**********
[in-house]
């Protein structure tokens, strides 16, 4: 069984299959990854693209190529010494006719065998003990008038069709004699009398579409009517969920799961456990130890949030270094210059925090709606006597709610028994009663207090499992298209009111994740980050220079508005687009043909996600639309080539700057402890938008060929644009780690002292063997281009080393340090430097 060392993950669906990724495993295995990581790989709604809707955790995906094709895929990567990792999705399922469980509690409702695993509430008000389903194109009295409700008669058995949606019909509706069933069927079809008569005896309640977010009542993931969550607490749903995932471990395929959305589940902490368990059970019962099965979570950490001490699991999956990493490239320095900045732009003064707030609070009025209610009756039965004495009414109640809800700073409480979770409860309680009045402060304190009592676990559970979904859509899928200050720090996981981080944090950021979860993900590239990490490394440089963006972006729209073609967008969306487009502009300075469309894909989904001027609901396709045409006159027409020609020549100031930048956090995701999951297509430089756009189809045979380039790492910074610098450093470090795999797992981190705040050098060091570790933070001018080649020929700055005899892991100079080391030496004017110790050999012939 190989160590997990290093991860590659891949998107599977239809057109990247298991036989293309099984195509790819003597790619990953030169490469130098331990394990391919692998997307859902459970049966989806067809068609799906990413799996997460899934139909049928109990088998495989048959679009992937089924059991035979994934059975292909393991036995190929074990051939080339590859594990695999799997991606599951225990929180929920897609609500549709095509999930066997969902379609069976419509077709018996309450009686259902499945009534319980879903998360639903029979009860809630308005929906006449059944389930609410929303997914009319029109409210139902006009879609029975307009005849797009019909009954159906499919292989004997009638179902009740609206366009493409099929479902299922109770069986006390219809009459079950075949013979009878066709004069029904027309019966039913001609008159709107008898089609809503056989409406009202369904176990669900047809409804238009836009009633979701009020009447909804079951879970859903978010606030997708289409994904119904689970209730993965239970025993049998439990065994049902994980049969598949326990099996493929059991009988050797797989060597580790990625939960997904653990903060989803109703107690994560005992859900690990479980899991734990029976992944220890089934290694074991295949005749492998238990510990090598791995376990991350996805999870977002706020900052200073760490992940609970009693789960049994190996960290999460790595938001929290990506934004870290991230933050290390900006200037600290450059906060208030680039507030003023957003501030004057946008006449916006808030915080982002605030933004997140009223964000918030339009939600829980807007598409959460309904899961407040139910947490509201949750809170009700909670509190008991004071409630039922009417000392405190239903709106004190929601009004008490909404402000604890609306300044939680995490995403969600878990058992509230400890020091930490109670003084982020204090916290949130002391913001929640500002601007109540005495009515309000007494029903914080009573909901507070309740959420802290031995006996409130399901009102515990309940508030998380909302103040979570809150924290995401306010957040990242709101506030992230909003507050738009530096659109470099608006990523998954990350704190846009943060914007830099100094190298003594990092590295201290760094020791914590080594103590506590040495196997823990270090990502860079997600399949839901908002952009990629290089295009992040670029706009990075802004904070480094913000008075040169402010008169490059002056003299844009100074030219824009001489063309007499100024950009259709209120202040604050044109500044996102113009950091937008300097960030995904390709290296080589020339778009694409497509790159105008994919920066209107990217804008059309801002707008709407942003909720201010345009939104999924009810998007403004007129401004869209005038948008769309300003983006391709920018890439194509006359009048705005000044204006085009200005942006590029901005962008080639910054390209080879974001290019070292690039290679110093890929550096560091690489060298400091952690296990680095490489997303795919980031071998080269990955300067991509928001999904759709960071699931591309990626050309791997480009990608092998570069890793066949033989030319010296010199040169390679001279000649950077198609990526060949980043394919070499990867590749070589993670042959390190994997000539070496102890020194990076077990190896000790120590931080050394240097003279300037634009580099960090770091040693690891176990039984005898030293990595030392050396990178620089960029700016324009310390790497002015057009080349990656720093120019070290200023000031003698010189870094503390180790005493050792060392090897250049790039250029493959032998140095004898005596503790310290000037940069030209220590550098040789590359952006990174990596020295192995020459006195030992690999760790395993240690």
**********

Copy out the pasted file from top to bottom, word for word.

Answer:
[in-house]
């Protein structure tokens, strides 16, 4: 069984299959990854693209190529010494006719065998003990008038069709004699009398579409009517969920799961456990130890949030270094210059925090709606006597709610028994009663207090499992298209009111994740980050220079508005687009043909996600639309080539700057402890938008060929644009780690002292063997281009080393340090430097 060392993950669906990724495993295995990581790989709604809707955790995906094709895929990567990792999705399922469980509690409702695993509430008000389903194109009295409700008669058995949606019909509706069933069927079809008569005896309640977010009542993931969550607490749903995932471990395929959305589940902490368990059970019962099965979570950490001490699991999956990493490239320095900045732009003064707030609070009025209610009756039965004495009414109640809800700073409480979770409860309680009045402060304190009592676990559970979904859509899928200050720090996981981080944090950021979860993900590239990490490394440089963006972006729209073609967008969306487009502009300075469309894909989904001027609901396709045409006159027409020609020549100031930048956090995701999951297509430089756009189809045979380039790492910074610098450093470090795999797992981190705040050098060091570790933070001018080649020929700055005899892991100079080391030496004017110790050999012939 190989160590997990290093991860590659891949998107599977239809057109990247298991036989293309099984195509790819003597790619990953030169490469130098331990394990391919692998997307859902459970049966989806067809068609799906990413799996997460899934139909049928109990088998495989048959679009992937089924059991035979994934059975292909393991036995190929074990051939080339590859594990695999799997991606599951225990929180929920897609609500549709095509999930066997969902379609069976419509077709018996309450009686259902499945009534319980879903998360639903029979009860809630308005929906006449059944389930609410929303997914009319029109409210139902006009879609029975307009005849797009019909009954159906499919292989004997009638179902009740609206366009493409099929479902299922109770069986006390219809009459079950075949013979009878066709004069029904027309019966039913001609008159709107008898089609809503056989409406009202369904176990669900047809409804238009836009009633979701009020009447909804079951879970859903978010606030997708289409994904119904689970209730993965239970025993049998439990065994049902994980049969598949326990099996493929059991009988050797797989060597580790990625939960997904653990903060989803109703107690994560005992859900690990479980899991734990029976992944220890089934290694074991295949005749492998238990510990090598791995376990991350996805999870977002706020900052200073760490992940609970009693789960049994190996960290999460790595938001929290990506934004870290991230933050290390900006200037600290450059906060208030680039507030003023957003501030004057946008006449916006808030915080982002605030933004997140009223964000918030339009939600829980807007598409959460309904899961407040139910947490509201949750809170009700909670509190008991004071409630039922009417000392405190239903709106004190929601009004008490909404402000604890609306300044939680995490995403969600878990058992509230400890020091930490109670003084982020204090916290949130002391913001929640500002601007109540005495009515309000007494029903914080009573909901507070309740959420802290031995006996409130399901009102515990309940508030998380909302103040979570809150924290995401306010957040990242709101506030992230909003507050738009530096659109470099608006990523998954990350704190846009943060914007830099100094190298003594990092590295201290760094020791914590080594103590506590040495196997823990270090990502860079997600399949839901908002952009990629290089295009992040670029706009990075802004904070480094913000008075040169402010008169490059002056003299844009100074030219824009001489063309007499100024950009259709209120202040604050044109500044996102113009950091937008300097960030995904390709290296080589020339778009694409497509790159105008994919920066209107990217804008059309801002707008709407942003909720201010345009939104999924009810998007403004007129401004869209005038948008769309300003983006391709920018890439194509006359009048705005000044204006085009200005942006590029901005962008080639910054390209080879974001290019070292690039290679110093890929550096560091690489060298400091952690296990680095490489997303795919980031071998080269990955300067991509928001999904759709960071699931591309990626050309791997480009990608092998570069890793066949033989030319010296010199040169390679001279000649950077198609990526060949980043394919070499990867590749070589993670042959390190994997000539070496102890020194990076077990190896000790120590931080050394240097003279300037634009580099960090770091040693690891176990039984005898030293990595030392050396990178620089960029700016324009310390790497002015057009080349990656720093120019070290200023000031003698010189870094503390180790005493050792060392090897250049790039250029493959032998140095004898005596503790310290000037940069030209220590550098040789590359952006990174990596020295192995020459006195030992690999760790395993240690």